Other releases

Almost too much new music to mention this year, but look out for these, not yet reviewed in the ezine, 2016 releases:

Actual Crimes – Ceramic Cat Traces (farewell album); Lilith Ai – Riot (EP); As Ondas – Mares (debut album); Ay Carmela – Working Weeks (debut album); Baby in Vain – For the Kids (EP); Bamboo – Hexagonal (digi-single) and Live at Cafe Oto (second album);Bleached – Welcome the Worms (second album); Bratakus – Gigantopithecus (debut EP); Cat Apostrophe – Gut Songs (debut EP); Charmpit – Snorkel (debut EP); Charla Fantasma – No Excuses, Baby! (second EP); Cracked Up – Room 201(6) (EP); Deap Vally – Femejism (second LP); Empty Page – Unfolding (debut LP); Es – Object Relations (debut EP); Evans the Death – Vanilla (third album); Ex People – Live at the Unicorn (EP); Foxcunt – Phone in Sick (digi-single); The Franklys – Come Down 7″; Los Cripis – Restaurant (EP); GAYR – Greatest Hits (debut digi-single); Hinds – Leave Me Alone (debut album); Hoopdriver – s/t (EP); IDestroy – Vanity Loves Me (debut EP); Julie Ruin – Hit Reset (second album); Las Kellies – Friends and Lovers (fifth album); The Kills – Ash and Ice (fifth album); Kitten Snot – Womb Clumps (debut EP); Maid of Ace – Maid in England (second album); M.I.A. – AIM (fifth album); Molar – [Split EP w/Pale Kids]; Muertos – Black Box (digi-single); Nervous Twitch  – Don’t Take My TV (second LP); Neurotic Fiction – Demo (EP); No Ditching – [Split EP w/Baby Ghosts]; NOTS – Cosmetic (second album); Nova Twins – s/t (debut EP); Otoboke Beaver – Bakuro Book (EP); Personal Best – I Go Quiet 7″; The Potentials – We Are the Potentials (second EP); Primetime – Going Places (second EP); Quaaludes – Rejects (EP) & Are the Winners Always Losers (EP); Rattle – I Own You (debut album); Savages – Adore Life (second album); September Girls – Age of Indignation (second album); Sex Stains – s/t (debut album); She Makes War – Direction of Travel (third album); The Shondes – Brighton (fifth album); Shonen Knife – Adventure (LP), Skating Polly – The Big Fit (fourth album); Skinny Girl Diet – Heavyflow (debut album); Betty Steeles – Where I Be (EP) & Flow Flow Flow (EP); Tacocat – Lost Time (third album); TeenCanteen – Say it All With a Kiss (debut album); Towel – Wipe Me Dry (debut EP); Tuffragettes – [three undated EPs – see Bandcamp]; Twink Caplan – Practice Room Demos (debut EP); The Twistettes – Jilt the Jive (debut album); Viva Zapata – Fuck It, It’ll Be Fine (farewell EP); Vodun – Possession (debut album); Warpaint – Heads Up (third album); White Lung – Paradise (fourth album)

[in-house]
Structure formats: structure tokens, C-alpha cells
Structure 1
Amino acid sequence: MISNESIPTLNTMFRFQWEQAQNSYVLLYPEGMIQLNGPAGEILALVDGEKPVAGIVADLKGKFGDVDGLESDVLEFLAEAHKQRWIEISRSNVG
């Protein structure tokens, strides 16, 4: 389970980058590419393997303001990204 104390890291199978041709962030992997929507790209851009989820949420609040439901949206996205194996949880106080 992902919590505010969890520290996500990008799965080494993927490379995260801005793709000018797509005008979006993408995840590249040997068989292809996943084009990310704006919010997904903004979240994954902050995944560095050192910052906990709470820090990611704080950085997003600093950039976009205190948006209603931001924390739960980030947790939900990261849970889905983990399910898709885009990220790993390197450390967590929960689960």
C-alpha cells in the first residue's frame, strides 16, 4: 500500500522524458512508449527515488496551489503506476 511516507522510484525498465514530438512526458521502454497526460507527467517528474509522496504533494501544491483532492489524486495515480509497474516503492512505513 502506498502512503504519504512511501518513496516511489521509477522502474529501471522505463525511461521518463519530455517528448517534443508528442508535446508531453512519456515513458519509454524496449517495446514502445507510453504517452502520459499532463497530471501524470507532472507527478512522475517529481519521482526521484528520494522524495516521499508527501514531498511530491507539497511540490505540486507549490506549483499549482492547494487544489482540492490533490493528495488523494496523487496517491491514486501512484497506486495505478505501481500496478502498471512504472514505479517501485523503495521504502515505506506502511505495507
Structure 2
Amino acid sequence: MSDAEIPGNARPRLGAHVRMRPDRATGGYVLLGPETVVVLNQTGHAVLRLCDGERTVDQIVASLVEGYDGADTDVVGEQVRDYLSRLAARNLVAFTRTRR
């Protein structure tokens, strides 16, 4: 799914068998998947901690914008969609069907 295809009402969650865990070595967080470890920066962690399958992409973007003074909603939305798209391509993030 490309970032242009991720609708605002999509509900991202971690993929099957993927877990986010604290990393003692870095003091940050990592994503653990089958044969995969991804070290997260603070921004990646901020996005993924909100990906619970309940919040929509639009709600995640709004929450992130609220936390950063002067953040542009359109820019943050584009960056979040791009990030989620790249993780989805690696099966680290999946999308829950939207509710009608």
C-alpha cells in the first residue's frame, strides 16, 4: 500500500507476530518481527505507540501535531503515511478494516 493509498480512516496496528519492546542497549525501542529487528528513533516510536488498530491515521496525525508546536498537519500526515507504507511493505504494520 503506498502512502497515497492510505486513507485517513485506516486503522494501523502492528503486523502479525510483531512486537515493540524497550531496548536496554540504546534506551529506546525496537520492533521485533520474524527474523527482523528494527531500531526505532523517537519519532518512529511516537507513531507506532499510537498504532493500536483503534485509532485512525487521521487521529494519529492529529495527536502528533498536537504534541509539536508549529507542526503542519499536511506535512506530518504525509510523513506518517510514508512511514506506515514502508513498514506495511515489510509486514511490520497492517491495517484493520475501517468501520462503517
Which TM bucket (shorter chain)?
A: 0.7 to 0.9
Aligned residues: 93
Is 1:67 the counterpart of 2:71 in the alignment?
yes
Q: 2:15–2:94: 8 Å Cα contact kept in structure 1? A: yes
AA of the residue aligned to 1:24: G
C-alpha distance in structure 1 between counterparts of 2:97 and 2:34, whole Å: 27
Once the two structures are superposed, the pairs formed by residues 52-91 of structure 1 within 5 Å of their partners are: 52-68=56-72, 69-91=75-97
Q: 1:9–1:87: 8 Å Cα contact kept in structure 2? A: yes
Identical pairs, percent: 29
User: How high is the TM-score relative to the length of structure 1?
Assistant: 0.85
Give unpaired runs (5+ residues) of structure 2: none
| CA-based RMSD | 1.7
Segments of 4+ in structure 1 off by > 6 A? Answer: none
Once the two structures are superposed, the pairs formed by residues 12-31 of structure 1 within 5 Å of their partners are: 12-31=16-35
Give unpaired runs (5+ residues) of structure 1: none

Upcoming releases

Look out for debut albums from SlowcoachesFeaturePetrol Girls and Young Romance plus second albums from The Wharves, Honeyblood and Ravioli Me Away, the debut EP from Muertos and a new single from Sacred Paws.

touring Brexit Britain as a non-white musician

by vanessa govinden

Little Fists: Vanessa (bass), Ste (guitar), Soph (drums). Photo by Matthew Hussey.

Two weeks after Britain voted to leave the EU, I was walking down my street when a guy in a removals van shouted, ‘You’re fucked!’ as he drove past.

I’d like to say that’s the only time I’ve experienced something like that, but it’s not.

I was born and raised in West London, though my parents are first-generation immigrants from Mauritius.

They chose to give me a neutral name – Vanessa – with no religious connotations, which confused a lot of people when I was growing up. ‘Are you Hindu? Are you Muslim? What are you?’

In truth, I was always a bit of a strange kid – a brown girl with dyed red hair and painted blue eyebrows, listening to punk, grunge and metal from the age of nine – who never really fit in until I found my bunch of misfit friends.

But two days after 9/11, I experienced a different sense of division. I was waiting at a bus stop when a car full of guys threw cans at me and shouted, ‘Go back to Pakistan, you fucking terrorist!’